Questions to ponder whilst you read…
- Was the WLM a predominantly white movement?
- Why did some Black women activists reject the label ‘feminist’?
- What parallels/ differences can you identify between these debates and those which took place in the nineteenth-century?
- Why and how were Black women involved in the Women’s Liberation Movement?
Valerie Amos & Pratibha Parmar, ‘Challenging Imperial Feminism’, Feminist Review 17 (Autumn 1984), 3-21
Nahalie Thomlinson, 'The Colour of Feminism: White feminists and race in the Women's Liberation Movement' History 97:327, pp.453 - 475.
Julia Sudbury, 'Other Kinds of Dreams': Black Women's Organisations and the Politics of Transformation (1998)
Natalie Thomlinson, Race, Ethnicity and the Women's Movement in England 1968-1993 (2016)
‘Black Women Organising Autonomously’, Feminist Review 17 (Autumn 1984), 83-100, Special Issue ‘Many Voices One Chant: Black Feminist Perspectives’ [Have a look at the whole of this volume as there is a lot of interesting stuff.]
M.T. Bogle, ‘Brixton Black Women’s Centre: Organising on Child Sexual Abuse’, Feminist Review 28 (1988), 132-135
Remembering Olive Collective, Do You Remember Olive Morris?
Carmen, Gail, Sheila and Pratibha, ‘Becoming Visible: Black Lesbian Discussions’, Feminist Review 17 (Autumn 1984), 53-74
‘Black Women Together: The Need for a United and Autonomous National Black Women’s Organisation’, Spare Rib: A Women’s Liberation Magazine 87 (1979), 42-45 (See also Roisin Boyd, Race, place and class: who is speaking for who)
‘Black Women Fighting Back’, Spare Rib: A Women’s Liberation Magazine 95 (1980), 49 (See also Roisin Boyd, Race, place and class: who is speaking for who)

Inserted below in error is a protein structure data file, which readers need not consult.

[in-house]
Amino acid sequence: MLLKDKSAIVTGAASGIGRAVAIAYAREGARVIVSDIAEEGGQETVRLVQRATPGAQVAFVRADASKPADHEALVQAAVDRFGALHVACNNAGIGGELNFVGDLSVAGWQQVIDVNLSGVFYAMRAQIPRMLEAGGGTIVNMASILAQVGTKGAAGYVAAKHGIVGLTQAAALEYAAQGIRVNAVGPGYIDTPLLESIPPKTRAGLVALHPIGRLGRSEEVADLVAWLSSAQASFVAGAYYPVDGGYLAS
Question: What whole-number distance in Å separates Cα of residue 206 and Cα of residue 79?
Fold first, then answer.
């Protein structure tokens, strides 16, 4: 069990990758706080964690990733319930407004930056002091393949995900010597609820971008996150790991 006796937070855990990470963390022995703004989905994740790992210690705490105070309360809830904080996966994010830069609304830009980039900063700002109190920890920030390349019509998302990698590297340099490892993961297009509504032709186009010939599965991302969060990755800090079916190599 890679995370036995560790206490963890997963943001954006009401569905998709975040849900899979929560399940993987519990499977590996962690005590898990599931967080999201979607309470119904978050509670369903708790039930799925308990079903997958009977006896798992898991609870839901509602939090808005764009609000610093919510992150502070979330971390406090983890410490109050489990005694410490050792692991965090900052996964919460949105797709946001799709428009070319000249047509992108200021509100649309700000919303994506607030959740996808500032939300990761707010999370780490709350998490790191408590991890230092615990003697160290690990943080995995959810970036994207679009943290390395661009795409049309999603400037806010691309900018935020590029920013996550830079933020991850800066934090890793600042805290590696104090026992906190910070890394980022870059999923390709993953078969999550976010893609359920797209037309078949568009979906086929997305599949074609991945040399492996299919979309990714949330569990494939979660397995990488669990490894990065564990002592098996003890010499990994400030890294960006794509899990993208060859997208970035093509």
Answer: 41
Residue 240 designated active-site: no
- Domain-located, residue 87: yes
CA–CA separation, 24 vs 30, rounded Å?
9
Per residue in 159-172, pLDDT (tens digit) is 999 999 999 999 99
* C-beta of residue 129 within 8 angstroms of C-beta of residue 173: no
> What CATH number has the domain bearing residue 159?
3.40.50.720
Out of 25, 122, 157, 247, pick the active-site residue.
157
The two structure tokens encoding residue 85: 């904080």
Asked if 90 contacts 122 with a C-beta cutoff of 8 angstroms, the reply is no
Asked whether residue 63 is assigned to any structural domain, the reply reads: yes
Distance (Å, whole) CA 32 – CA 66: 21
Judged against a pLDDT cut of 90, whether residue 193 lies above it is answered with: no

E.B. Freedman, ‘Race and the Politics of Identity in US Feminism’, in V.L. Ruiz & E.C. Dubois, Unequal Sisters: An Inclusive Reader in US Women’s History, pp.1-14
H. Safia Mirza, ‘Introduction: Mapping a Genealogy of Black British Feminism’, in H. Safia Mirza, Black British Feminism (1997), pp.1-28 [a very useful overview] digitised
Amrit Wilson, ‘Finding a Voice: Asian Women in Britain’, in H. Safia Mirza, Black British Feminism (1997), 31-36 and Amrit Wilson, 'A Burning Fever: the isolation of Asian women', Race and Class, 9 (1978), 129-143
Bryan, S. Dadzie, S. Scafe, The Heart of the Race: Black Women’s Lives in Britain (London: 1985) (also see Sophia Siddiqui, Still The Heart of Race Thirty Years On)
bell hooks, Ain’t I a Woman? (1982) [esp. chapters 4 and 5. A US perspective but highly influential in the UK]
P. Hill Collins, ‘What’s in a Name? Womanism, Black Feminism and Beyond’, The Black Scholar 26:1 (1996), 9-17[A US perspective but highly influential in the UK]
A. Brah, ‘Difference, Diversity, Differentiation’, in L. Back & J. Solomos (eds.), Theories of Race and Racism: A Reader (2000)
Phyllis Marynick Palmer, 'White women and black women: the dualism of female identity and experience in the US', Feminist Studies, 1 (1983), 151-170